Toronto Behind the Boarding: Rising Out Of A Pit Near Queen & Spadina
First a fire-damaged building, then a muddy hole, the most recent iteration of Urban Outfitter's eastern neighbour on Queen West is an unfinished concrete pit.
Places like these seem particularly drawn to Toronto's Queen St. (as seen here, or here, or even here). I found a similar space on the eastern end of Queen near the water filtration plant, but it had been cleaned up, and is not hidden from the public behind boarding, which on the other end of town seems nothing more than an opaque bulletin board for seemingly random advertisements, rarely intelligible. Nevertheless, bizarre patches such as this intrigue many.
I see in this concrete hull a cement playground-turned-3D-canvas for local graffiti artists. Walking by just yesterday, I see that the re-developers have finally started the skeletal structure of a small building - so I suppose all of the street art will soon be buried. I am neither condoning nor chastising the artists - only bearing witness to their vision of the reclamation of an unseen space.
Very practical worker items are scattered about, but have clearly served a more duplicitous function as steps and ladders for the various sojourners to this pit...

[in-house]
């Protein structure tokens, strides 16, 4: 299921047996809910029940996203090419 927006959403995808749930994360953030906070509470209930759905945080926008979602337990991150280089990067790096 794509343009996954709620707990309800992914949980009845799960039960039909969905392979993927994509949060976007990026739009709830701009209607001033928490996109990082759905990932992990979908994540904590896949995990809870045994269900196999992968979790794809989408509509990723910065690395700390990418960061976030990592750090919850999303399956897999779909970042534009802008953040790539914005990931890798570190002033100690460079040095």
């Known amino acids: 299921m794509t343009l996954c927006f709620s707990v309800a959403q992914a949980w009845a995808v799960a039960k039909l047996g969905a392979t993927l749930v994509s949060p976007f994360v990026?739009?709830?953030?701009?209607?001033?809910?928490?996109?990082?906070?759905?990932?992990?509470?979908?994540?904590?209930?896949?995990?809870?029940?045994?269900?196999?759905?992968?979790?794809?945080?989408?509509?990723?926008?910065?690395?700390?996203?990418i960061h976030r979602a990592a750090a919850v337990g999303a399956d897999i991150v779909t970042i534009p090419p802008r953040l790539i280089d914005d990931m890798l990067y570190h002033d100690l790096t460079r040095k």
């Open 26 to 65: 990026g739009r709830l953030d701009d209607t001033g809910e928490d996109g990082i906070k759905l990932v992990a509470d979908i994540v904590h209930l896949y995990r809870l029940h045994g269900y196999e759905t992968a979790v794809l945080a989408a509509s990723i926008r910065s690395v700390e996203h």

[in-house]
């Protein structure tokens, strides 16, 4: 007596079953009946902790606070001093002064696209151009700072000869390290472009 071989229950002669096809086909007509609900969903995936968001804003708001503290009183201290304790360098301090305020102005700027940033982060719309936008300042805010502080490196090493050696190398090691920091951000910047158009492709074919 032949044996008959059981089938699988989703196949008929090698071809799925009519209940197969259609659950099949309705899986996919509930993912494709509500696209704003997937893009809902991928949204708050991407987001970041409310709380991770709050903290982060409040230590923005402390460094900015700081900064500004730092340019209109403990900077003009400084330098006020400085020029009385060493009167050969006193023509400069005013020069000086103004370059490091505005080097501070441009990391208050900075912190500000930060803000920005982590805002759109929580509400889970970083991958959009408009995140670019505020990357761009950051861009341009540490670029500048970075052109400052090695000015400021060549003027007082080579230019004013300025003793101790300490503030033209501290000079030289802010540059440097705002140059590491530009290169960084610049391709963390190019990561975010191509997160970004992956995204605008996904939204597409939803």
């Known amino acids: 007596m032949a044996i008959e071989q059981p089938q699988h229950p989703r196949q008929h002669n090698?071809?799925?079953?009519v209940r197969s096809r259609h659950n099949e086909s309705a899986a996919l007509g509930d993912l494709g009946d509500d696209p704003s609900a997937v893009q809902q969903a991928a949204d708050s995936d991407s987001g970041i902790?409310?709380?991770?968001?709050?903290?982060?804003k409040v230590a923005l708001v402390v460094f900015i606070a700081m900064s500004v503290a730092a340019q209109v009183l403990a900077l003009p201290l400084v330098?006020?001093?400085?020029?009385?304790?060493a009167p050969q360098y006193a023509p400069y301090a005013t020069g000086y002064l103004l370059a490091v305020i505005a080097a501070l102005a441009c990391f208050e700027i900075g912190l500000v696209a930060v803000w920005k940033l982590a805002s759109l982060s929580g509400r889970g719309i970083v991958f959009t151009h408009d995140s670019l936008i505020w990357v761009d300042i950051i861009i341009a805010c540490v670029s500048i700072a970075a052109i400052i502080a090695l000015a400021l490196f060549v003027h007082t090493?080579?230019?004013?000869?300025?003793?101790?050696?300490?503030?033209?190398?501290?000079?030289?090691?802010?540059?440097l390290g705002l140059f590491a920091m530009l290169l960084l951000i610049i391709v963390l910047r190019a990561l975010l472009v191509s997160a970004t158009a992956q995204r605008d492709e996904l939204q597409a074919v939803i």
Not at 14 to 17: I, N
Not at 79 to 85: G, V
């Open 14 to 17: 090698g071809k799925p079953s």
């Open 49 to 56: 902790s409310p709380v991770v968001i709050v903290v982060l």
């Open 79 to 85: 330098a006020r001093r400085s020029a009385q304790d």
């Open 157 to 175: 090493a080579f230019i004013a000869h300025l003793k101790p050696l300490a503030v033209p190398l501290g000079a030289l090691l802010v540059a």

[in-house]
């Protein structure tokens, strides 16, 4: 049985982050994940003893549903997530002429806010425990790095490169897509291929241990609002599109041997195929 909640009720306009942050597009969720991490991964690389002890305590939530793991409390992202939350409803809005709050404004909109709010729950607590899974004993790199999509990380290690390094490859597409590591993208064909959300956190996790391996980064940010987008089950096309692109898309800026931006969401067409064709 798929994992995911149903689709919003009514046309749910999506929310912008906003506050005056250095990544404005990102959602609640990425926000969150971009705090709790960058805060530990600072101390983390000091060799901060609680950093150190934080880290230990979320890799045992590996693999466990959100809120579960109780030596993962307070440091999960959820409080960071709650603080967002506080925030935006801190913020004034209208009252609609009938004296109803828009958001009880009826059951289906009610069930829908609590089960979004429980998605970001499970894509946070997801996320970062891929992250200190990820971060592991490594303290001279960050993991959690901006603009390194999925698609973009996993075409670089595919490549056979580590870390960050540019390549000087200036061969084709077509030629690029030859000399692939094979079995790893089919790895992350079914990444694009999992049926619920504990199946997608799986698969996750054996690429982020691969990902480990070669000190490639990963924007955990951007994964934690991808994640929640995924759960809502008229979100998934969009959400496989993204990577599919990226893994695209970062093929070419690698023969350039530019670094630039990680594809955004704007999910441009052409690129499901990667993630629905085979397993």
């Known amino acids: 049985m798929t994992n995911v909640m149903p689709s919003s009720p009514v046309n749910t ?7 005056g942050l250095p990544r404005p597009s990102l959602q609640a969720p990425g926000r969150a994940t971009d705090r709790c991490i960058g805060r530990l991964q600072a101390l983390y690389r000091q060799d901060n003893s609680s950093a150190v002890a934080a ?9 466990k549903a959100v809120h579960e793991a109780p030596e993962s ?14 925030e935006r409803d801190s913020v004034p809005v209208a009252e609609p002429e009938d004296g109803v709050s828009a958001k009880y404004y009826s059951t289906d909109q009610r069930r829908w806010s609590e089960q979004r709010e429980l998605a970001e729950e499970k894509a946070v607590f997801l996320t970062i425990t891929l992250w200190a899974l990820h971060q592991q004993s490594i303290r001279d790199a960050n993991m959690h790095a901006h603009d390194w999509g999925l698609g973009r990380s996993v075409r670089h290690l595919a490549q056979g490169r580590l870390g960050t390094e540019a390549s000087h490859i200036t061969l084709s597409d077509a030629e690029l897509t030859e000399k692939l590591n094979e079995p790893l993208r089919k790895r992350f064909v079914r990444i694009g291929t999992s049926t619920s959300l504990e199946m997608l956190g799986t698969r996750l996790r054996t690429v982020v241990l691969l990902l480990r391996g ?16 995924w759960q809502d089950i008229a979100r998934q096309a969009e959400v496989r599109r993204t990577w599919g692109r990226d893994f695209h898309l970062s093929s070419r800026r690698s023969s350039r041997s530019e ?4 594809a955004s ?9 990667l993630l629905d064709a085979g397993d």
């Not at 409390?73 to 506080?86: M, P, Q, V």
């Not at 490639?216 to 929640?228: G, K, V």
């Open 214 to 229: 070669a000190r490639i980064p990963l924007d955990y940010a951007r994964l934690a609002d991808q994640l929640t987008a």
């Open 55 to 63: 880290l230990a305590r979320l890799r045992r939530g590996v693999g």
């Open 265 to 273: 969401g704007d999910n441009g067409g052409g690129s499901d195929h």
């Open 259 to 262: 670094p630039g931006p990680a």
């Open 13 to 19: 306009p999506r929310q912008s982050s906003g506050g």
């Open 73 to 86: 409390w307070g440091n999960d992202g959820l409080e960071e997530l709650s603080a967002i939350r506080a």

As always, it was interesting being only meters away from a bustling major street, but in a space of almost complete silence.
The jagged brick patterns were particularly striking, where the invisible building once met its neighbour...
Even I had to have a bit of fun with my camera in this bizarre area, knowing that at any time, I could come back and it would be gone
Before its very recent development, I had relegated this place to the realm of the many other boarded facades in the neighbourhood. It seemed yet another testament to Toronto's abandonment issues; a cover-up, band-aid solution for an area not profitable enough for the city to care about let alone take seriously.
A less cynical side of me sees these places as urban curiosities, however, rather than failures; they are merely zones of transition, some taking far longer than others. It is always interesting to see members of the community using 'unusable space' during this evolution for their own ends - for urban art, or even just as a secret spot.
For me, boarding has always been more of a psychological deterrent than a physical one. It is a sign for most to avert their eyes - but for some, it only makes their vision focus all the more.
(To see the rest of the snaps from this place, as well as high-res. versions of those above, you can visit my flickr slide-show below.)
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